As to prejudgment interest, the court rejected Samsung's argument that the Lanham Act-related findings tainted the prejudgment interest calculation for patent infringement.
“The Ninth Circuit has suggested that prejudgment interest is not available for Lanham Act claims not involving counterfeiting,” Koh acknowledged. However, she said interest was clearly appropriate for the patent infringement found here, and she saw no reason why the Lanham Act would have to authorize it as well.
Again, though, the court postponed the calculation until after appeals are exhausted.
The jury's damages award was per infringing Samsung product, with 23 listed. The court identified the jury's calculations to the dollar for each of the devices, other than one of the tablets, in light of quantity or profit information presented in court.
For 12 products, the jury awarded 40 percent of Samsung's profits. For another five, the jury not only awarded that percentage, but also awarded 100 percent of Apple's lost profits. The jury calculated 50 percent of Apple's royalties for awards on the remaining five.
The court ruled in favor of Apple regarding ways in which awards were calculated based on design patent infringement and as to Apple's testimony on how it calculated its lost profits.
The jury's error, according to the court, was its failure to heed the court's instruction that “infringer's profits are not a legally permissible remedy for utility patent infringement.” The jury found the Galaxy Prevail to infringe utility patents only, but it used the calculation of 40 percent of Samsung's profits nevertheless. The court thus rejected the jury's $57 million verdict and ordered a new trial on damages as to that phone.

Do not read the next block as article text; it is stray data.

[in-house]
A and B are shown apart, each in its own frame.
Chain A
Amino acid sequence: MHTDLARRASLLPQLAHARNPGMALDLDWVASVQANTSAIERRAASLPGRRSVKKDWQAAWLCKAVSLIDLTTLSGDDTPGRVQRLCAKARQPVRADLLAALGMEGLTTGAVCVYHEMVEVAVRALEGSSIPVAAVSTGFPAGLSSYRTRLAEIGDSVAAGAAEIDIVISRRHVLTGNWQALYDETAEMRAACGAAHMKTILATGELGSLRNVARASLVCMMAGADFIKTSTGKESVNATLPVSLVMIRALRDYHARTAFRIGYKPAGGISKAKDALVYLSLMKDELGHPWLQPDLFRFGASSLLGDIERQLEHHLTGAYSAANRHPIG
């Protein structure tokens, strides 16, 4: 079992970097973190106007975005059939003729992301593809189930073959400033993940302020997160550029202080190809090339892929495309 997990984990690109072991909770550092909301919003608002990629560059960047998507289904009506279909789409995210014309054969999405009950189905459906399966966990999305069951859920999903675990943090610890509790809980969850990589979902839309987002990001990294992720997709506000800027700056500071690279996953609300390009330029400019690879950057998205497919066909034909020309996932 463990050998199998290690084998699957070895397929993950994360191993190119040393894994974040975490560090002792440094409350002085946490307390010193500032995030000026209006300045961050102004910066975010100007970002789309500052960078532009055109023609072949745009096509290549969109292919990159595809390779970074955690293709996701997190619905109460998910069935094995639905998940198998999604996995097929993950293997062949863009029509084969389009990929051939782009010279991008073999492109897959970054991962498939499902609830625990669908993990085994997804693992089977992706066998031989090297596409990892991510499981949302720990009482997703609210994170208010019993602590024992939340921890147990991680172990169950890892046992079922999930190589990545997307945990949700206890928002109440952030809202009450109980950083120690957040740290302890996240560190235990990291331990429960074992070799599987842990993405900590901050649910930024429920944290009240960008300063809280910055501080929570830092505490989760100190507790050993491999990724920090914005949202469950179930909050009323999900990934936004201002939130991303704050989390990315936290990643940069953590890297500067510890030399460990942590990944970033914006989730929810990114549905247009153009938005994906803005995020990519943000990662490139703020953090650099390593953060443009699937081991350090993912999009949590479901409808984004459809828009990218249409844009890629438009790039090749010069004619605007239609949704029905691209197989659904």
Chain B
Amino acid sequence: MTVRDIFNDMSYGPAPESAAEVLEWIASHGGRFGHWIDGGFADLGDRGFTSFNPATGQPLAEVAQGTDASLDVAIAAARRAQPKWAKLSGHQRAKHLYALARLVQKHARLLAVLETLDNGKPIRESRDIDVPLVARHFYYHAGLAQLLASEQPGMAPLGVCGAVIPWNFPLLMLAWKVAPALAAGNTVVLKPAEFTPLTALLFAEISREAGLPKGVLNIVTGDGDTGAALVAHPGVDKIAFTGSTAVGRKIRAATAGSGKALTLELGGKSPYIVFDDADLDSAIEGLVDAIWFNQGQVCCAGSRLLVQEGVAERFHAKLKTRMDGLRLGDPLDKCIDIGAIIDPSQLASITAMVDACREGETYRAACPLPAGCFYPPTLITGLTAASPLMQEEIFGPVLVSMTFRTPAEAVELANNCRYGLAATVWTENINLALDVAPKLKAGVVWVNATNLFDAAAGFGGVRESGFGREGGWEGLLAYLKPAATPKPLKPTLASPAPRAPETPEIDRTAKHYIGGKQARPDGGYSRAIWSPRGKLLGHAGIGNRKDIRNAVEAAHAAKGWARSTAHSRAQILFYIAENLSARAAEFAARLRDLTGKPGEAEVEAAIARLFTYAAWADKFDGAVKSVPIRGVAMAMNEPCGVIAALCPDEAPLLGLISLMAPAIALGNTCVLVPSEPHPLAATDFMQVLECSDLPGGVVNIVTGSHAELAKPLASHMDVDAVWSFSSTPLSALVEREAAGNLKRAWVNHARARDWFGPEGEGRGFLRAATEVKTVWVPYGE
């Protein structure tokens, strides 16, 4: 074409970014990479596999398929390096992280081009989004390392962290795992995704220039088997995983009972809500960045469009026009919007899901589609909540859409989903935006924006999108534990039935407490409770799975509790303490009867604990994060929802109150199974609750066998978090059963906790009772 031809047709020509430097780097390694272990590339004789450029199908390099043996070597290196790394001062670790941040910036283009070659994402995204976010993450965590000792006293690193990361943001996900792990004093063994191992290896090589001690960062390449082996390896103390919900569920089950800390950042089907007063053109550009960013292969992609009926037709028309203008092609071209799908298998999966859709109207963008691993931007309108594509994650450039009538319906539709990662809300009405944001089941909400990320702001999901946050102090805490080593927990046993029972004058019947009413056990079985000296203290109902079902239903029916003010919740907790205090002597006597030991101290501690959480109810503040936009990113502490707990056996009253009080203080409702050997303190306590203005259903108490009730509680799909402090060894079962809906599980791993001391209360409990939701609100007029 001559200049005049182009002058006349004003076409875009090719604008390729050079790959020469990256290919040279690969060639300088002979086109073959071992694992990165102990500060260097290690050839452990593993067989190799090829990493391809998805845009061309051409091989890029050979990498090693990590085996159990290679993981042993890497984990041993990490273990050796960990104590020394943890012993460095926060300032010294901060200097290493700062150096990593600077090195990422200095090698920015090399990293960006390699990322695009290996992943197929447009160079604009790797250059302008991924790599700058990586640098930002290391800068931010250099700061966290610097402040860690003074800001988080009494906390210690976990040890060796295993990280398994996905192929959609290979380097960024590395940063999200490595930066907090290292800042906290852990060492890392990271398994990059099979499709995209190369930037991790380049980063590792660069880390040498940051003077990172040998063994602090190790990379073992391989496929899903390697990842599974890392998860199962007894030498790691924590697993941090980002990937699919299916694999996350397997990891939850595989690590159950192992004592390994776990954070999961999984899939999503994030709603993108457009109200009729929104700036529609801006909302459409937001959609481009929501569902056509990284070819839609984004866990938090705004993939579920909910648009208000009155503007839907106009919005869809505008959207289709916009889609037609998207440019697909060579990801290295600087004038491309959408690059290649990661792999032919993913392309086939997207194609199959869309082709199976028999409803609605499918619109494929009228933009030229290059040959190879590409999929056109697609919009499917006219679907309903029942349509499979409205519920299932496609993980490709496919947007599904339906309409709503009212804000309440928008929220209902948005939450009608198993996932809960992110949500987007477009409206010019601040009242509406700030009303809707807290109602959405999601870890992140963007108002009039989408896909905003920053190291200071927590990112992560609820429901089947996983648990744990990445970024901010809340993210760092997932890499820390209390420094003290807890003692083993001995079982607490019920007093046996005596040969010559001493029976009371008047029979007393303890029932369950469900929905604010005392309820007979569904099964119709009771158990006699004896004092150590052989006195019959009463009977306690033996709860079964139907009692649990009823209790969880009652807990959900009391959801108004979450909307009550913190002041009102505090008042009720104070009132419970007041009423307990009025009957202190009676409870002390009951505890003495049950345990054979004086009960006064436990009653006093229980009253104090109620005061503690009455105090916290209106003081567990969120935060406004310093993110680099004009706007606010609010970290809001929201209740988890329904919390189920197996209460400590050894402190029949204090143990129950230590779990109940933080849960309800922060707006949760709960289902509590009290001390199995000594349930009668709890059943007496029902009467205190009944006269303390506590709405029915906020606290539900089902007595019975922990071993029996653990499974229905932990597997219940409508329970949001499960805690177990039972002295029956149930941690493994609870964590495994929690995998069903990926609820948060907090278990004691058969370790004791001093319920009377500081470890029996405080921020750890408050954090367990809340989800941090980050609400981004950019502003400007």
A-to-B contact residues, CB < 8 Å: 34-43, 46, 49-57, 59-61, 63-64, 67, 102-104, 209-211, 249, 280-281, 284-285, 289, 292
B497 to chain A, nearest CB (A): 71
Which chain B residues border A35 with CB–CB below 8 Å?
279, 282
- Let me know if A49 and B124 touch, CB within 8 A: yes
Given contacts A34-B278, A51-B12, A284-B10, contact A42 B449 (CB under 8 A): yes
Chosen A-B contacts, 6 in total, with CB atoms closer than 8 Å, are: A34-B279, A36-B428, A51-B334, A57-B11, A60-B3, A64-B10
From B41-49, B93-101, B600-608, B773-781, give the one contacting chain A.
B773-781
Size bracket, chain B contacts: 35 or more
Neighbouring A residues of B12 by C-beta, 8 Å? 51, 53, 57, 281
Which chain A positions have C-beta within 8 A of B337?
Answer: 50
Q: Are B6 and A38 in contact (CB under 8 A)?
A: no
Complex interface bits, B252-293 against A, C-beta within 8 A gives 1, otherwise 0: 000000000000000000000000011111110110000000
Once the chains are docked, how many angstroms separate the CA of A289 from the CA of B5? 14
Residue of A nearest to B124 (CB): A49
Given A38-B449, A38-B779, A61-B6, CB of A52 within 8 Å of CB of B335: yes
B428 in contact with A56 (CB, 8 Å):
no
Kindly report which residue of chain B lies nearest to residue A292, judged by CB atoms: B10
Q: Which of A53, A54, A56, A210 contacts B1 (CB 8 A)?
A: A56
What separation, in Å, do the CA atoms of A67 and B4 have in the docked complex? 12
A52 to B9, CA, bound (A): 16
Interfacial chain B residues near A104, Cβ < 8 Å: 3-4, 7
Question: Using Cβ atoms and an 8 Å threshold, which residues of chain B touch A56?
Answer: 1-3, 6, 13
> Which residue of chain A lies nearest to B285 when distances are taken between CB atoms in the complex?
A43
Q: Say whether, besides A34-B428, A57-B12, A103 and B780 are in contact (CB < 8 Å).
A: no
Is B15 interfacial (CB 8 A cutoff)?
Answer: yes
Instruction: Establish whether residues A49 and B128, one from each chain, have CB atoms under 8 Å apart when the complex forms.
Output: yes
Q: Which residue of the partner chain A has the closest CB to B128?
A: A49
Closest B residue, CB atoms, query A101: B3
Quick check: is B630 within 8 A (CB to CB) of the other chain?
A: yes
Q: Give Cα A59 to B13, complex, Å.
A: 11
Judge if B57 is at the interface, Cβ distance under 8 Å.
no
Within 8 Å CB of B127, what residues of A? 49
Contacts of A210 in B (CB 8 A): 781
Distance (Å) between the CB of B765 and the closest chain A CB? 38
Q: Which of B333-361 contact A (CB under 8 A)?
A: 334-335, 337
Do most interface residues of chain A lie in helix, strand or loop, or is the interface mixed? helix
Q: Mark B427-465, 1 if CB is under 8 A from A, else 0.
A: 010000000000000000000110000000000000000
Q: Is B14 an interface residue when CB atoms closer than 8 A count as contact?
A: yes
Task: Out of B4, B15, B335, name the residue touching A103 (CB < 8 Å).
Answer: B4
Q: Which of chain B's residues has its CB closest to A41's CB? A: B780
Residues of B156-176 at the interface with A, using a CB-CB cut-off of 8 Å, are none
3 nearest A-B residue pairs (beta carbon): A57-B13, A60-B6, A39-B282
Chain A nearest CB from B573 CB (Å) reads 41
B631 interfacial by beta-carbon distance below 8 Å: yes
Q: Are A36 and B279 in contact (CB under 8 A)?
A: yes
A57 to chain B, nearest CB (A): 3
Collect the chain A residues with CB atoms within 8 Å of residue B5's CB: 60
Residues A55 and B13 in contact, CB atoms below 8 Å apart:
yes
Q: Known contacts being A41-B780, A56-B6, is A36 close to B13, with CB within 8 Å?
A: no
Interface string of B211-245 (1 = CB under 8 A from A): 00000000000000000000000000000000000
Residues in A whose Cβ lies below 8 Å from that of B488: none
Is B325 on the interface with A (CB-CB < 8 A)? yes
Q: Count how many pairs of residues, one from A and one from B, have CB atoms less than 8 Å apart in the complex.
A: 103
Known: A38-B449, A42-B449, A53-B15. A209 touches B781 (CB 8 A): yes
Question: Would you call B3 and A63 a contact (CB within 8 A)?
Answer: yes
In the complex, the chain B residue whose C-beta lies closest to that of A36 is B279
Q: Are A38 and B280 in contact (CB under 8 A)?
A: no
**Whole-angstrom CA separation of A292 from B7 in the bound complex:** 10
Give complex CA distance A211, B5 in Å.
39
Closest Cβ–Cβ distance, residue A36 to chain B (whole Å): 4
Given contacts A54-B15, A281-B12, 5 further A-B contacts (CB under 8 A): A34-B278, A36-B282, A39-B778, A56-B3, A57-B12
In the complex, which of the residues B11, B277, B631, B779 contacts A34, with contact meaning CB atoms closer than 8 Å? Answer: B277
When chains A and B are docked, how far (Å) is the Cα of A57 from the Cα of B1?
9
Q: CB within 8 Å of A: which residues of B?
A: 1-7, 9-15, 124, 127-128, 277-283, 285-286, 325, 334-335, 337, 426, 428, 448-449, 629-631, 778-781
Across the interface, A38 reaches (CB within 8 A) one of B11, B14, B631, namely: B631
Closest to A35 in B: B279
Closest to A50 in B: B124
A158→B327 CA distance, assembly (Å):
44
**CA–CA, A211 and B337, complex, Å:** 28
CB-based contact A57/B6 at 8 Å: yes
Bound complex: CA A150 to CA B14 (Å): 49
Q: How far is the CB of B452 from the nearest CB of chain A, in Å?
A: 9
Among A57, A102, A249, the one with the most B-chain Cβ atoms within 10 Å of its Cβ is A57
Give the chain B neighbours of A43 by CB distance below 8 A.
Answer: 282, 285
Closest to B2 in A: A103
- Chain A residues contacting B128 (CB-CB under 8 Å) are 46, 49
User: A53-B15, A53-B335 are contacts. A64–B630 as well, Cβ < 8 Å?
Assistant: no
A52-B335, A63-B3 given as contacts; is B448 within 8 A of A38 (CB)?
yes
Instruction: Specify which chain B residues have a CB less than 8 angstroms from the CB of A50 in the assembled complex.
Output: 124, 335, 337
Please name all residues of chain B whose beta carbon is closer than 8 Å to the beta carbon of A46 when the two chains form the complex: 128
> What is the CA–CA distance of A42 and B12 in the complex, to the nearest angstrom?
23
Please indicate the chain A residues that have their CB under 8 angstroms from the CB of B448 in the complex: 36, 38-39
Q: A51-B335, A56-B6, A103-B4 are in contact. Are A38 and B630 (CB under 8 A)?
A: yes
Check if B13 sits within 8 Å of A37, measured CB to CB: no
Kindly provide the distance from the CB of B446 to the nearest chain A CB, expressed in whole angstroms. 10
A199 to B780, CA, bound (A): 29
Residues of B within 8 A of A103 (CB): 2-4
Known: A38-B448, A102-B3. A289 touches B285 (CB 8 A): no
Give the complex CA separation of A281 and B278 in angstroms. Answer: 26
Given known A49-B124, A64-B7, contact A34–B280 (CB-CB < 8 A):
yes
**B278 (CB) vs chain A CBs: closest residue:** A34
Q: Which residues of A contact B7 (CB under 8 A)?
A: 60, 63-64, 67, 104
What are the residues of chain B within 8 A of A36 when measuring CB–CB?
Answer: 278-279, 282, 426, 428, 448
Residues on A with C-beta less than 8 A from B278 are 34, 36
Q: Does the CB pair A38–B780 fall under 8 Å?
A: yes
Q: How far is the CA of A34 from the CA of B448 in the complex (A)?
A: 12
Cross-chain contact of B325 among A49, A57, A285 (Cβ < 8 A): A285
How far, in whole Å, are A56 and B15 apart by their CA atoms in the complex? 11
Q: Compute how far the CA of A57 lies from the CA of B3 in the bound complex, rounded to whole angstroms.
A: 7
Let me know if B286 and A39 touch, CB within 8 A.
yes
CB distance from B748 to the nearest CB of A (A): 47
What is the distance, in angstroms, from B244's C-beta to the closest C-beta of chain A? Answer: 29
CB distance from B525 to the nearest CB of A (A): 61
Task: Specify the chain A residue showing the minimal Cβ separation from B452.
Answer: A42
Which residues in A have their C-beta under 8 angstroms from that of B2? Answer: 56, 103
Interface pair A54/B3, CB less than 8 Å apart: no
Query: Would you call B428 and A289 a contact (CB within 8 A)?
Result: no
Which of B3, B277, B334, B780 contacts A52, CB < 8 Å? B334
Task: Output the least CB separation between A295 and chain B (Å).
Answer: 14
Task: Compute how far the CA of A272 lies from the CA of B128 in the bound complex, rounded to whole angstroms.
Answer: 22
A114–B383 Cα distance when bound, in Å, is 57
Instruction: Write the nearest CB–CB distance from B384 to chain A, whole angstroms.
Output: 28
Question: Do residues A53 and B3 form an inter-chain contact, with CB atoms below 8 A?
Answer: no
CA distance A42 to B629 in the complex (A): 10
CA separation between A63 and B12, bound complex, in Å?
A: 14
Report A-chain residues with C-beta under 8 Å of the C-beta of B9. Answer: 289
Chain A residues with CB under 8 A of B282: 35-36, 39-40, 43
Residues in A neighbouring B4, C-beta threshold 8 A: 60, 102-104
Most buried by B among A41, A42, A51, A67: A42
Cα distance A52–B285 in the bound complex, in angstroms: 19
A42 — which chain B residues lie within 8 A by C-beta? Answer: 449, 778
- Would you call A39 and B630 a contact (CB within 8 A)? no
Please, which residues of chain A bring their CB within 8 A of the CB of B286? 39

A second error was present in Apple's damages expert's identification of when Samsung was first on notice of infringement of each of the patents. Each calculation stemmed from infringement beginning Aug. 4, 2010, but the evidence showed that Samsung was only aware of Apple's charge of infringement of the '381 patent as of that date. And some of the products for which the jury made awards did not infringe that patent.
The court was able to calculate an appropriate remittitur for some but not all of the affected products:
• If the jury also found trade dress infringement, the 2010 date was appropriate in any case, because, the court said, “Damages for dilution of unregistered trade dress do not require notice for an award of damages. … Moreover, infringer's profits are a permissible remedy for dilution of registered and unregistered trade dresses. See 15 U.S.C. § 1117(a).” Awards for five products were accordingly appropriate, the court said.
• For eight other phones that infringed the '381 patent and at least one of the design patents, the court was unable to determine which part of the award impermissibly applied the 40 percent of profits figure, since that would have been an acceptable damages basis for the design patent infringement. Since Apple did not provide adequate evidence of how an alternate theory of damages would apply absent the infringer's profits theory, the court saw no option but to vacate the entire amount awarded for those eight products and order a new trial.
• Three other phones were not found to infringe the '381 patent and thus deserved a later notice date. However, the products appear to have entered the market only after the true notice date, and since they also infringed the D'677 design patent, the percent of profits theory was acceptable, according to the court.
• Finally, for the awards as to the five phones based on 50 percent of Apple's proposed reasonable royalty, each had to be adjusted depending on the actual notice date. However, the court was unable to determine the exact number of infringing devices sold in the relevant time frames. It thus ordered a new trial on those models as well.
“The parties are encouraged to seek appellate review of this Order before any new trial,” Koh said in closing.
Michael A. Jacobs of Morrison & Foerster, San Francisco, represented Apple. Victoria F. Maroulis of Quinn Emanuel Urquhart Oliver & Hedges, Redwood Shores, Calif., represented Samsung.